Government may hike prices to finance social raise, say reports

Sabah Hamamou
3 Min Read

CAIRO: Egypt said it may hike fuel prices to pay for public sector wages less than two weeks after President Hosni Mubarak announced a 10 percent raise in social allowance for all government employees, the local media reported.

“The Ministry of Finance is considering raising the price of gasoline 92 and 95 after the end of the current parliamentary session to compensate for the significant budget deficit caused by the 10 percent social raise, reported Al-Shorouk daily newspaper Saturday citing an undisclosed source.

The prices of cigarettes will also increase, the paper reported.

Egypt usually increases fuel prices following the annual social allowance raises.

On May 5, 2008, Egypt upped prices of high-octane fuel, natural gas prices for energy-intensive industries and cigarettes, as well as fees of vehicle licensing to finance a 30 percent increase of public sector wages.

“The effect of the fuel prices will spill over to other prices, but we don’t know yet how much the increase will be, Simon Kitchen, senior economist at Cairo-based investment bank EFG-Hermes, told Daily News Egypt in a phone interview.

Many expect the increase to reflect on inflation, which fell to 11.7 percent in April from 12.1 in March. This led the Central Bank of Egypt’s Monetary Policy Committee (MPC) to cut interest rates.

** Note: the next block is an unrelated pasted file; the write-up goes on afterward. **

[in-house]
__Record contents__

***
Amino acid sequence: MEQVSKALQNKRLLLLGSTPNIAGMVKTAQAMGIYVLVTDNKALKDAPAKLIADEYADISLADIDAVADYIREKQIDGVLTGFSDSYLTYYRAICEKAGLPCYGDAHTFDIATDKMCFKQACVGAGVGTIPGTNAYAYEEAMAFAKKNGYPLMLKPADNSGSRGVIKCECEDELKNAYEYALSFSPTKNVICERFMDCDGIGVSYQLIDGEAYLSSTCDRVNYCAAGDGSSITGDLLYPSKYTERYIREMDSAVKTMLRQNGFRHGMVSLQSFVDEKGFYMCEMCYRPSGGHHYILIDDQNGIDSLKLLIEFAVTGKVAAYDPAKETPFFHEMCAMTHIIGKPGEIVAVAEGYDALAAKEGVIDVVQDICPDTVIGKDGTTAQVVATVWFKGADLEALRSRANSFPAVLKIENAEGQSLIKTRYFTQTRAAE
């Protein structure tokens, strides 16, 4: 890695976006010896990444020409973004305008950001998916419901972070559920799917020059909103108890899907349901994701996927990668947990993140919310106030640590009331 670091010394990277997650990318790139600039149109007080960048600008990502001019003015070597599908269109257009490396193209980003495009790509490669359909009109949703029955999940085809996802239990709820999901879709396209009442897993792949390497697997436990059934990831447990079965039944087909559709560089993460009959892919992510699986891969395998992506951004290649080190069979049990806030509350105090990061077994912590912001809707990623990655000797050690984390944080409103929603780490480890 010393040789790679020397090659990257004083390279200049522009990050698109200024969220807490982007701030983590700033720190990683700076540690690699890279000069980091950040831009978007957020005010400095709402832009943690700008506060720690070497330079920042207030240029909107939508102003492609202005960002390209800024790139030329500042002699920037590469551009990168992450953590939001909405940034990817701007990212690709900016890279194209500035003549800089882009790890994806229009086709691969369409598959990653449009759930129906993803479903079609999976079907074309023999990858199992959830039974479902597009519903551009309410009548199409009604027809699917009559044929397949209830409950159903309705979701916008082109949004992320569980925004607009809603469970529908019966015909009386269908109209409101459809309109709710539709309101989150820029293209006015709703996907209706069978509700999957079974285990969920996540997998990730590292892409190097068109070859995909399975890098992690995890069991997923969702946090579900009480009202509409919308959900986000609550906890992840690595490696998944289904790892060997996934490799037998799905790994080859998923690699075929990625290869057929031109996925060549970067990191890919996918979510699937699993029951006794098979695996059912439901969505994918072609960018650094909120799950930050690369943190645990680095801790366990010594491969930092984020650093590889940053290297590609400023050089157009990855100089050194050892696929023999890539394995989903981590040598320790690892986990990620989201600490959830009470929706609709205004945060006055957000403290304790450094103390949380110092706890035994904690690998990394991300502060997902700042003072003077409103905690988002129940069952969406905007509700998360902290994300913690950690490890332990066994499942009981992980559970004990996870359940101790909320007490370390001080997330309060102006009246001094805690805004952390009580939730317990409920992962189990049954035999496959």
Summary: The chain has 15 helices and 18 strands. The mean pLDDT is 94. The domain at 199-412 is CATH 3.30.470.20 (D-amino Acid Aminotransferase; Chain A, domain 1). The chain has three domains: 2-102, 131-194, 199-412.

“When the MPC considers cutting interest rates, it considers inflation and other elements, for instance, growth rate, wages and other things, added Kitchen.

Rania Al-Mashat, the MPC’s division chief, refused to comment on the news or whether this will affect the MPC’s decision on further cut interest rates.

Egypt’s inflation rate has been declining recently, which prompted three interest rate cuts in the last four months.

“The central bank will probably hold [on cutting more interest rates] because monthly inflationary pressures are increasing, Reham ElDesoki, a senior economist at Cairo-based investment bank Beltone Financial told Bloomberg last month.

Surprisingly, some in Egypt have called on the government to stop the annual social raises because they are usually followed by price increases.

Several groups were created to that tune on the social networking website Facebook, one of which has around 200 members and says “Egypt is the mother of the world, but they give us the social allowance raise with one hand, and take it back with the other.

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